The maximum Social Security disability benefit for 2019 is $2,861, an increase over the 2018 maximum benefit of $2,788. The estimated average monthly benefit for disabled workers receiving Social Security Disability Insurance (SSDI) increased from $1,197 in 2018 to $1,234 in 2019.
The increases are a result of the Social Security Administration (SSA) giving a 2.8 percent cost-of-living adjustment (COLA) raise to all Social Security beneficiaries. The SSA bases yearly COLA increases on the Consumer Price Index which is determined by the Department of Labor’s Bureau of Labor Statistics.
How Can I Qualify for SSDI?
First, you must meet SSA’s definition of “disabled.” The SSA considers you disabled if:
- You cannot do the work that you did before you became disabled
- SSA decides that your medical condition prevents you from doing other work
- Your disability has lasted or is expected to last for at least one year or to result in death
SSA does not pay benefits for partial disability or short-term disability.
Secondly, you must have worked in jobs that paid Social Security taxes. People who are self-employed and become disabled are also eligible for SSDI benefits if they pay Social Security taxes.
SSA also requires you to have earned a certain amount of “work credits” each year.
What Are Work Credits?
Work credits are accumulated over the years as you work in a job and pay Social Security taxes. You can earn a maximum of four credits each year. The number of work credits you need to receive SSDI benefits depends on your age when you become disabled.
Overall, you need 40 credits to receive SSDI benefits, but younger workers can qualify for benefits with fewer credits. Of the 40 credits, 20 credits must have been earned in the last 10 years ending with the year you became disabled.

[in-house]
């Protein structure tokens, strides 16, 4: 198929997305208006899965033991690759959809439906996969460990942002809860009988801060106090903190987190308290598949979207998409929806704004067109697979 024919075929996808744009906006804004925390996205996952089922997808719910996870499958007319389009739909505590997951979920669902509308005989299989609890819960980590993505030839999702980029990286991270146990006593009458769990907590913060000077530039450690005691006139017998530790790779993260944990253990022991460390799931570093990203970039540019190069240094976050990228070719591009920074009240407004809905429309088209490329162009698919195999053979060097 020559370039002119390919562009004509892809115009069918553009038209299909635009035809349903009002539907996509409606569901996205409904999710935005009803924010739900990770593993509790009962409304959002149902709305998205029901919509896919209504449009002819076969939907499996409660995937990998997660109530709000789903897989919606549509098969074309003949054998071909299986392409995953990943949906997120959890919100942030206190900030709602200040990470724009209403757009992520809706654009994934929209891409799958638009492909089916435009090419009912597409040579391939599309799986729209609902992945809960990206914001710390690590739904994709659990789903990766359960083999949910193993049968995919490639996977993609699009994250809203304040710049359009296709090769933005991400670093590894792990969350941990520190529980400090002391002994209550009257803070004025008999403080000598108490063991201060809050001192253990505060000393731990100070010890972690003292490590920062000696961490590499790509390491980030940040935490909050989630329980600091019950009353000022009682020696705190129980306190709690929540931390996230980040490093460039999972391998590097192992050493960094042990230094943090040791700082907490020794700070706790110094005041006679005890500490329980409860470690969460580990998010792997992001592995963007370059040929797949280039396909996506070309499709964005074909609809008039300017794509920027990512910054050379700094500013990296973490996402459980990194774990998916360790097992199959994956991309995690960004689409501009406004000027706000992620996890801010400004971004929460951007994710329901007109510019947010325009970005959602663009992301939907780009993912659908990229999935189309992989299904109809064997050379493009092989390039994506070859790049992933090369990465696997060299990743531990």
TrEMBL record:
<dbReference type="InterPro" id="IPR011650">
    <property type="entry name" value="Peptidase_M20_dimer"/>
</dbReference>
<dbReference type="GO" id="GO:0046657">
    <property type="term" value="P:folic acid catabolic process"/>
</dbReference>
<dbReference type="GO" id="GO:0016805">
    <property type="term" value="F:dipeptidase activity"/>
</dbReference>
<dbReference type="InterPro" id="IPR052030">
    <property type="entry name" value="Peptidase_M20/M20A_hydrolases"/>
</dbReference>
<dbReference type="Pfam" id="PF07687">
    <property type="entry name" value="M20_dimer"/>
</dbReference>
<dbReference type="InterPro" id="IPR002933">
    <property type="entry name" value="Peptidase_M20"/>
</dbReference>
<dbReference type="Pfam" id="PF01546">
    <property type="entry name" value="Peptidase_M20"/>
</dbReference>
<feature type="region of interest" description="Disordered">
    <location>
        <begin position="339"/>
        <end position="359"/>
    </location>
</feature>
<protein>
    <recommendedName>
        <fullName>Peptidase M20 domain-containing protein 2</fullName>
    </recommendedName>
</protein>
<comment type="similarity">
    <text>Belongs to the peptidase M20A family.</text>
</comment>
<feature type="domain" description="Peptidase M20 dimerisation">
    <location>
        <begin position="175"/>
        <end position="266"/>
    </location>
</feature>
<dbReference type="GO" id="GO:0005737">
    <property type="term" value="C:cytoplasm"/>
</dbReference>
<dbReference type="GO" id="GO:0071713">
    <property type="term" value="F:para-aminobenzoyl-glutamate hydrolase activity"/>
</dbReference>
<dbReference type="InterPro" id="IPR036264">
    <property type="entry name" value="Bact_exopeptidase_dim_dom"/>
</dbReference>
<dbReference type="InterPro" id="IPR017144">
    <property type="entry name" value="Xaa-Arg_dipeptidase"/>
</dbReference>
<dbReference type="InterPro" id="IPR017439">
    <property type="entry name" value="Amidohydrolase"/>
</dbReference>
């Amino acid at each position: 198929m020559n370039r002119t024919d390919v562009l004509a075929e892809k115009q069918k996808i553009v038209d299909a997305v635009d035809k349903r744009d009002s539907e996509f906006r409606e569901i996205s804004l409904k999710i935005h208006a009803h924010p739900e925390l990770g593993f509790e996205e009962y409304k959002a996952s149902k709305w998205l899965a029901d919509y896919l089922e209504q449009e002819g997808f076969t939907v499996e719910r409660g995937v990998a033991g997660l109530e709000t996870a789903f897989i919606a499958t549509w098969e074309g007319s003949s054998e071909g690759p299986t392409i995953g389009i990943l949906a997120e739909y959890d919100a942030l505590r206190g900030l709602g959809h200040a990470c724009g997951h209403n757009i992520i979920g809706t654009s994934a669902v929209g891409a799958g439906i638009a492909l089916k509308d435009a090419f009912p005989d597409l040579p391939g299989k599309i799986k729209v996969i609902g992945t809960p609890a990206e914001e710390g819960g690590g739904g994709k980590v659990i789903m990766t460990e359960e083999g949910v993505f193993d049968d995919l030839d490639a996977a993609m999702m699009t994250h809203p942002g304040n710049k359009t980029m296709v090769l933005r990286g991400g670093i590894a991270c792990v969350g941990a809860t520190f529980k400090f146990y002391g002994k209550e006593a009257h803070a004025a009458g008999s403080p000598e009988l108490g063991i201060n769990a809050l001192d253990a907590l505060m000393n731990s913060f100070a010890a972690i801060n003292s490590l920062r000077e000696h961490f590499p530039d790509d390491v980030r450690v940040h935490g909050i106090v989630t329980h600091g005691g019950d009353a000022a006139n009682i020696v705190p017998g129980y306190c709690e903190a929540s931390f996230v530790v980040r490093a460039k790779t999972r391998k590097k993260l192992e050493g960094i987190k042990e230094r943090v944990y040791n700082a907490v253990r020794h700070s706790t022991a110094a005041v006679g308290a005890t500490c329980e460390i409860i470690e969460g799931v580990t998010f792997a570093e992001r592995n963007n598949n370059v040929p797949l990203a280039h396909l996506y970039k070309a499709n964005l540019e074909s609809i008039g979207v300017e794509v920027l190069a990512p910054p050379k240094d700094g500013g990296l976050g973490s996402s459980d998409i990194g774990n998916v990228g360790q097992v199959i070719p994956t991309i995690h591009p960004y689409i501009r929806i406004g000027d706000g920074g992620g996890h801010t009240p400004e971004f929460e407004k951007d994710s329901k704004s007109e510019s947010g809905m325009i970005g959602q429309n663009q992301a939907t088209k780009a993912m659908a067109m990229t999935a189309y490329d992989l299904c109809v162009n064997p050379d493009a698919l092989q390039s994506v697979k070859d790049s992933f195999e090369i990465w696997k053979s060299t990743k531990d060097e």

What Type of Medical Conditions Qualify for SSDI Benefits?
SSA has an extensive list of physical and mental impairments that would qualify an individual to receive SSDI benefits. The impairment list covers each part of the body.
Each category of impairments contains specific types of illnesses or diseases. For instance, the cardiovascular category includes chronic heart failure, heart transplant, peripheral arterial disease, and other heart-related conditions.
What If My Medical Condition Is Not on SSA’s Impairment List?
You may still qualify for disability benefits even if your medical condition is not on the SSA’s impairment list. There are rules that SSA applies in these types of situations.
Contact The Disability Advantage Group
If you are disabled and can no longer work, we can help you apply for SSDI benefits and guide you through this process.
We may also be able to help you if you applied for SSDI benefits and were denied.
Call us today at 865-546-1111 to schedule a free, no-obligation consultation.